How to Recognize the Signs and Symptoms of Depression

Life is full of experiences that result in a roller coaster of highs and lows that make it particularly difficult to pick up on the nuances of mental health issues such as depression.

It’s perfectly natural to feel sad sometimes, but how can you tell the difference between sadness and depression? What are the signs that you or a friend or family member should look for so you seek out mental health treatment before you’re too mired in negative thoughts and feelings? The compassionate, experienced clinical team at Connect Wellness in Beverly Hills, California, led by Executive Director Rod Amiri, MD, offers the following insights into the signs and symptoms of depression.

The first thing to keep in mind is that depression looks a little different in each person, but it’s much more than just periodic sadness from the death of a loved one or disappointment from not getting a job offer or that date to the prom. However, any or all of these examples can trigger a depressive episode in susceptible people, and that makes recognizing depression challenging and complicated.

Add into the mix the fact that some people are very good at masking their depression, and it comes as no surprise that a great number of cases of depression go untreated. In fact, in the United States, only 29% of all people suffering from depression in 2016 sought help for their condition.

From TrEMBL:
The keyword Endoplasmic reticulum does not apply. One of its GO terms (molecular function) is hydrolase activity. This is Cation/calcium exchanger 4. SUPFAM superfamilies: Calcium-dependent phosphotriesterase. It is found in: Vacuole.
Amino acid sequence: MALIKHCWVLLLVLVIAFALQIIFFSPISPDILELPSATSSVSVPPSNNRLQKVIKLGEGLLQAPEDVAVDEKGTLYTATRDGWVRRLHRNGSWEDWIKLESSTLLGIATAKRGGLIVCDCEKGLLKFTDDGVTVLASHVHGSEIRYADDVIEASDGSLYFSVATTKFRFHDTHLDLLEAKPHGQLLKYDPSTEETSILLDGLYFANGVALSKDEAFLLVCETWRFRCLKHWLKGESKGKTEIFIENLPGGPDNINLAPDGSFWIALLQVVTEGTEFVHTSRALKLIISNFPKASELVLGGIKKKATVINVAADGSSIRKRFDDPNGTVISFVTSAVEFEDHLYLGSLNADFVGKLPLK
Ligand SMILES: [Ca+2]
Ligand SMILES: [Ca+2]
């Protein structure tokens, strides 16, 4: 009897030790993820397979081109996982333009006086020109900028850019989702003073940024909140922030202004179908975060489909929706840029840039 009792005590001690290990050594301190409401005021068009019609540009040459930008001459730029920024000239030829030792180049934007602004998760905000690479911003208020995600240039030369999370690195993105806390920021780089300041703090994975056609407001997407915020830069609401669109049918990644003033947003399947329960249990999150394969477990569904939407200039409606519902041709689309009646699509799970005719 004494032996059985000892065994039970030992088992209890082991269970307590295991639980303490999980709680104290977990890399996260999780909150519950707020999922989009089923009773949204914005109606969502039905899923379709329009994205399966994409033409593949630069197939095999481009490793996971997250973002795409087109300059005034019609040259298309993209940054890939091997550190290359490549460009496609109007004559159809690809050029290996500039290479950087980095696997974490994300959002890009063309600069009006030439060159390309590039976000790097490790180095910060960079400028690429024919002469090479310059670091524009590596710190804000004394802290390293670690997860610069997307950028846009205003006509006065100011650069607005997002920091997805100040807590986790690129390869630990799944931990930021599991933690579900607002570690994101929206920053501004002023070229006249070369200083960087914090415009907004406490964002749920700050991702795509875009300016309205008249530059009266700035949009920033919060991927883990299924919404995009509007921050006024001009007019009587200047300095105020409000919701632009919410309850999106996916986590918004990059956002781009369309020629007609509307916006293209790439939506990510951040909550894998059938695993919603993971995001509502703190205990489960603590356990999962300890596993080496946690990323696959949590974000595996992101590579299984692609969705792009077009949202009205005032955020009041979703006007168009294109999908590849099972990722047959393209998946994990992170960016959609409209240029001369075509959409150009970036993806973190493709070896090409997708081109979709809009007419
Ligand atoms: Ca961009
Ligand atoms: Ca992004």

Since detecting depression can be complex, start by looking for a combination of symptoms or signs. 

Hopelessness feeling that doesn’t go away

Feelings of sadness, negativity, or pessimism that linger more than a few days could signal that you or a loved one is suffering from depression. If something sad happens, remember it’s natural to feel blue. If you can’t shake the feeling after a reasonable amount of time, though, your sadness may have transitioned into depression, and that can be hard to fight without help.

Swings in appetite and sleep patterns

Similar to anxiety, people suffering from depression often experience wild swings in their eating habits, either eating too little or too much. Drastic changes in sleeping patterns can also indicate depression. Some people have difficulty sleeping while others want to sleep all the time.

Difficulty concentrating or making decisions

Since there is a correlation between sleeping and the ability to focus and concentrate, some people suffering from depression who are restless and can’t sleep at night go through their days groggy, unable to concentrate, and have difficulty making decisions or remembering things.

Depression is a serious illness, and suicidal thoughts or attempts may be a possible outcome if it’s left untreated. Depression can also lead to a number of serious medical conditions such as cardiovascular and heart disease, stroke, diabetes, and Alzheimer’s disease. Our caring team offers assessments and long-term solutions for managing depression through an intensive outpatient program.

If you think you or a loved one may be suffering from depression, contact Connect Wellness, and start your journey to feeling like yourself again. Book an appointment online or call us at 310-881-8643 today.

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